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Existence of this comment period demonstrate new gTLDs proposal was half-baked

  • To: "comments-closed-generic-05feb13@xxxxxxxxx" <comments-closed-generic-05feb13@xxxxxxxxx>
  • Subject: Existence of this comment period demonstrate new gTLDs proposal was half-baked
  • From: George Kirikos <gkirikos@xxxxxxxxx>
  • Date: Tue, 5 Feb 2013 18:35:11 -0800 (PST)

Comments on "Closed Generic" gTLD Applications

Submitted By: George Kirikos
Company: Leap of Faith Financial Services Inc.
Company URL: http://www.leap.com/
Date: February 5, 2013

The very existence of this comment period, seeking late guidance regarding 
"closed generic" gTLD applications, demonstrates convincingly that the ICANN 
Board pushed through a half-baked proposal, with artificial deadlines promoting 
the interests of insiders, rather than waiting until there was a thorough 
community consensus around a solid plan. Now the chickens should come home to 

It's time to seriously consider abandoning the new gTLDs plan, refund the 
application fees, and go with another approach. Unlike the Boeing 787 
Dreamliner which was grounded due to battery issues, the ICANN new gTLD plan 
has never taken flight, and should be relegated to the scrap heap of history 
before it causes damage to the community.

Experts like Tim Berners-Lee had warned ICANN that new gTLDs were a bad idea:



ICANN ignored this expert advice, and the advice of many other entities. ICANN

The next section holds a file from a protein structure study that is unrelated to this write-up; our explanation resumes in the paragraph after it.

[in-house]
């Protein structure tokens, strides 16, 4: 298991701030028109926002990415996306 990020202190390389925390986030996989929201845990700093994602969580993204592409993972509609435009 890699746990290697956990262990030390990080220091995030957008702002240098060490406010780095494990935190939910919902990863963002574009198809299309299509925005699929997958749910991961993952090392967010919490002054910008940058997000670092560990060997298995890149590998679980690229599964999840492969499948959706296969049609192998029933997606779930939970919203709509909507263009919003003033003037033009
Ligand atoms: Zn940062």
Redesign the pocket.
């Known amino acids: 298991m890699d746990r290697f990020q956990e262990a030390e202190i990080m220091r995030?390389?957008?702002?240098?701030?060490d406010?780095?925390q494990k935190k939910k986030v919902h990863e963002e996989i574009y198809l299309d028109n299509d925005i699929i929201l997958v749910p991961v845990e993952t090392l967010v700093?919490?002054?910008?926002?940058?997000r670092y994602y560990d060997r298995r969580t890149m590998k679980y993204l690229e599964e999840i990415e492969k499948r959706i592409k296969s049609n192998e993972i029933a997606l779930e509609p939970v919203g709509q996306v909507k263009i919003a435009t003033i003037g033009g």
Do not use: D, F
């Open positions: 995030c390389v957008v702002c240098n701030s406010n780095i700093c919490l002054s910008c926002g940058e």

is in litigation at present over .XXX. Universities, colleges, and many other 
groups wasted millions of dollars to reserve .xxx domains that they *didn't* 
want to resolve. From the perspective of ICANN, they probably consider .xxx a 
success --- just like those who think vandals breaking windows are "good for 
the economy" because vandalism creates jobs for those making and installing new 

We continue to believe that a more orderly approach to the introduction of new 
gTLDs (which we continue to oppose) could have been accomplished using our 
"Ascended TLDs" model, as discussed at:


This would have been a far more elegant approach, and much less controversial 
than the incomplete and flawed system adopted by ICANN that served the 
interests of ICANN insiders who lobbied for a plan that ignored the public 
interest. ICANN only considered its own plan, pushed by its insiders, and gave 
no consideration to other plans produced by the community. That was wrong.

By abandoning the current new gTLD plan, ICANN can recognize that it needs more 
time to "get things right" rather than cut corners and "do things fast." The 
"damage", if any, would mainly be felt by ICANN insiders, which is somewhat 
poetic justice. There would not be damage felt by the public by abandoning the 
plan now, recognizing that the current path has been a mistake. As Tim 
Berners-Lee rightly stated:

"The root of the domain name system is a single public resource, by design. Its 
control must be for and, indirectly, by the people as a whole. To give away a 
large chunk of this to a private group would be simply a betrayal of the public 
trust put in ICANN."  

Just like ICANN "got it wrong" with the VeriSign .com agreement (which was 
amended by the DOC/NTIA), ICANN has it wrong with the current new TLDs plan. 
ICANN does not appear to have any "metrics" that recognize its own failures. 
When one doesn't own a ruler, every measurement can be declared a "success." 
ICANN never declared their version of the VeriSign contract a "failure", just 
like ICANN does not consider the new TLDs plan to be a failure. It's time to 
buy ICANN a ruler from Staples or Office Depot, and declare the new TLDs plan a 

I call upon the GAC, NTIA, DOC, and DOJ to open up their own independent public 
comment periods, unfiltered by ICANN staff "summaries", so they can chart a new 


George Kirikos

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